Experience drawn from my early days at KSTP-TV Mpls to now through several personal business's, would say all types of getting your message out(advertising) compete for the ""available"" dollars.

That being said, personally, I would hang a tire on a fence post with white paint on it for advertising before I would spend on print and TV in this day and age.

Les said...

I see you and Newland settled it while I wrote Flem, you just need to download Four Square to your device, see where your buddies are eating at and join them.

Maybe, just maybe one of them might be hangin out on a Bill board and you could join him Flem, no crazier than that time you flew up onto the windmill brother Bill.

Bill Fleming said...

Right, Les. se could eat the vinyl picture of the big Perkins breakfast special. yummy.

larry kurtz said...

Prohibition doesn't work; tax it.


actual advertiser said...

By these arguments, radio and TV and newspapers must not compete with each other either... They are after all, different markets?

Bill Fleming said...

Actual, it depends (or should depend) on your advertising and marketing objectives. Your media strategies and tactics should grow out of these. Beyond that, as Bob points out, everyone who has something for sale is in competition for every dollar you have to spend.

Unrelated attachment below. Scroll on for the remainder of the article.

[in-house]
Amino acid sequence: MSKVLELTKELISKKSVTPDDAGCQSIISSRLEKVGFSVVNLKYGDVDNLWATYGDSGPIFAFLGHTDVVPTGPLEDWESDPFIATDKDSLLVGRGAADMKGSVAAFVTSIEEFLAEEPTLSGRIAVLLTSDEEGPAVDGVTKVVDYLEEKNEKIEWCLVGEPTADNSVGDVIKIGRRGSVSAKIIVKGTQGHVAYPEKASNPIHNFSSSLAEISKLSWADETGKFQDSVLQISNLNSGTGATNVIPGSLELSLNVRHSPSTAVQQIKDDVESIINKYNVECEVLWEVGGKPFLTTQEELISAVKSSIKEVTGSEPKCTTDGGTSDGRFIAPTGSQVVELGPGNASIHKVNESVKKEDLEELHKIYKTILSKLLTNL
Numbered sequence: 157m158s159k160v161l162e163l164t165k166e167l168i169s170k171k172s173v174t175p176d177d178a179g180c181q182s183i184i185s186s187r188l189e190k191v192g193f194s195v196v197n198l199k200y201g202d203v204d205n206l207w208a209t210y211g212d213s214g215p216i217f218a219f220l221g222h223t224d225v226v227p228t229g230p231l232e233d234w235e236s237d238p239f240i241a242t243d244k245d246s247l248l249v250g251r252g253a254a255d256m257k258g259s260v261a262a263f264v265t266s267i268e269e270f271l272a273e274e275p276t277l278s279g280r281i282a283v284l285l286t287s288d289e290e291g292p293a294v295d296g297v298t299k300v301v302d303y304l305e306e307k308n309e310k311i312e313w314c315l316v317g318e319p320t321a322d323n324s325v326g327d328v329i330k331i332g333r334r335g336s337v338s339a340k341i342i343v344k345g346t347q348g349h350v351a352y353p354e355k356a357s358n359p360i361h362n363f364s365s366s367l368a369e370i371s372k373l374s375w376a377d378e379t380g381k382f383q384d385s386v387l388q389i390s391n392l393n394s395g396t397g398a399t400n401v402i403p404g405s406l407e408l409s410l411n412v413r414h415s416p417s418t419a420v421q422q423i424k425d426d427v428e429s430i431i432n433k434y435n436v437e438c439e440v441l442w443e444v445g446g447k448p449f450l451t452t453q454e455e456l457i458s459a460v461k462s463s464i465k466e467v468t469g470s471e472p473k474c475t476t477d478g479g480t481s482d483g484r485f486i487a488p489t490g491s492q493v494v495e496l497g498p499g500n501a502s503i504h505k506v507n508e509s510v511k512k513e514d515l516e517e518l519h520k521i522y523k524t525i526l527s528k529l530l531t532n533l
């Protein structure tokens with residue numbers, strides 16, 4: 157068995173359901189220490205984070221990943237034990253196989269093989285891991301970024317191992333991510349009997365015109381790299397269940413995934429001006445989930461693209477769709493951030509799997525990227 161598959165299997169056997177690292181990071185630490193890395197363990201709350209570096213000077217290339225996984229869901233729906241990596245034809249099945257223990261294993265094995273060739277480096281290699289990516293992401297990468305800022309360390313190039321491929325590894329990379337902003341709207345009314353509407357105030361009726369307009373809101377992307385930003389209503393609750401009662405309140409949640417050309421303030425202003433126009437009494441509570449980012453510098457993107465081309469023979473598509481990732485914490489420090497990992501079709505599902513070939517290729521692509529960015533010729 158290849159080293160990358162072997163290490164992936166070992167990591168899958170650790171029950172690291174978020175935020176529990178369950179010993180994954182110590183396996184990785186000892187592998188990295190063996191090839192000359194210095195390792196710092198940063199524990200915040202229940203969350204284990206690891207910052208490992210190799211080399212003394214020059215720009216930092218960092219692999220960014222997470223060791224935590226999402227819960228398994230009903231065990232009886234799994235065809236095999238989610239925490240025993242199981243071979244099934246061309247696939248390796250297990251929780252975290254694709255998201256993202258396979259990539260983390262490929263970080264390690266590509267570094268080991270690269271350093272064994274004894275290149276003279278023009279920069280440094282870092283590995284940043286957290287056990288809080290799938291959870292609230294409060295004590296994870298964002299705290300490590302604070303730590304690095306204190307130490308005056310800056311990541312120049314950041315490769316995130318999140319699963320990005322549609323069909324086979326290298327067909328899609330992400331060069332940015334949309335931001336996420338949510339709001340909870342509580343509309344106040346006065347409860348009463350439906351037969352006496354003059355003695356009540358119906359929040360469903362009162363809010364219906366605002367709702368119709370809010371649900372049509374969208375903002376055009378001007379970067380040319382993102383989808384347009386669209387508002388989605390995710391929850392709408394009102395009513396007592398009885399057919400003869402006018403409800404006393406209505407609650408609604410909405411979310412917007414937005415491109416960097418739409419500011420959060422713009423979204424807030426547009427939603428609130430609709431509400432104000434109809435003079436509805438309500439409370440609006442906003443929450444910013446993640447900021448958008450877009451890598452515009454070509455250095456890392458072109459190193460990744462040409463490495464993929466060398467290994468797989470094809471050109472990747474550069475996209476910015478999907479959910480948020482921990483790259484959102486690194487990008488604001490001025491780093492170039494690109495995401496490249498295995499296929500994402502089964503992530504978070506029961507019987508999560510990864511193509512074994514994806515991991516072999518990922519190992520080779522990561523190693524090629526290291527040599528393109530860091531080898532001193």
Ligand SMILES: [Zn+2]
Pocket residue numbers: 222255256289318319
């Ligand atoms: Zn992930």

Question for you is, do you BUY advertising, or does someone SELL it to you?

In other words, YOU decide which tools to use. So YOU decide who the competitors for your ad dollars are, not the media.

Bill Fleming said...

Actual, it depends (or should depend) on your advertising and marketing objectives. Your media strategies and tactics should grow out of these. Beyond that, as Bob points out, everyone who has something for sale is in competition for every dollar you have to spend.

Question for you is, do you BUY advertising, or does someone SELL it to you?

In other words, YOU decide which tools to use. So YOU decide who the competitors for your ad dollars are, not the media.

actual advertiser said...

That ideal advertising model only works in an ideal world where you don't have to do things on a shoestring budget.

Not trying to argue, but best bang for the buck rules MY media buys. They all compete with each other and when one wins, the others lose.

Michael Sanborn said...

Thank you actual advertiser. Bill, Les and Bob all make decent points. But if Bill thinks that TV, radio, and newspaper companies don't think that billboards compete with them, he hasn't sat in many advertising sales meetings at TV, radio and newspaper offices.

Every advertising dollar spent in a medium other than their own, is competition. Every dollar spent on advertising in their own medium, but not their company is competition. And, let's throw direct mail, internet advertising, and silk screened specialty ads in there too.

Bill you may think it's silly for a newspaper to consider billboards competition, but the publisher of the newspaper doesn't think it's silly.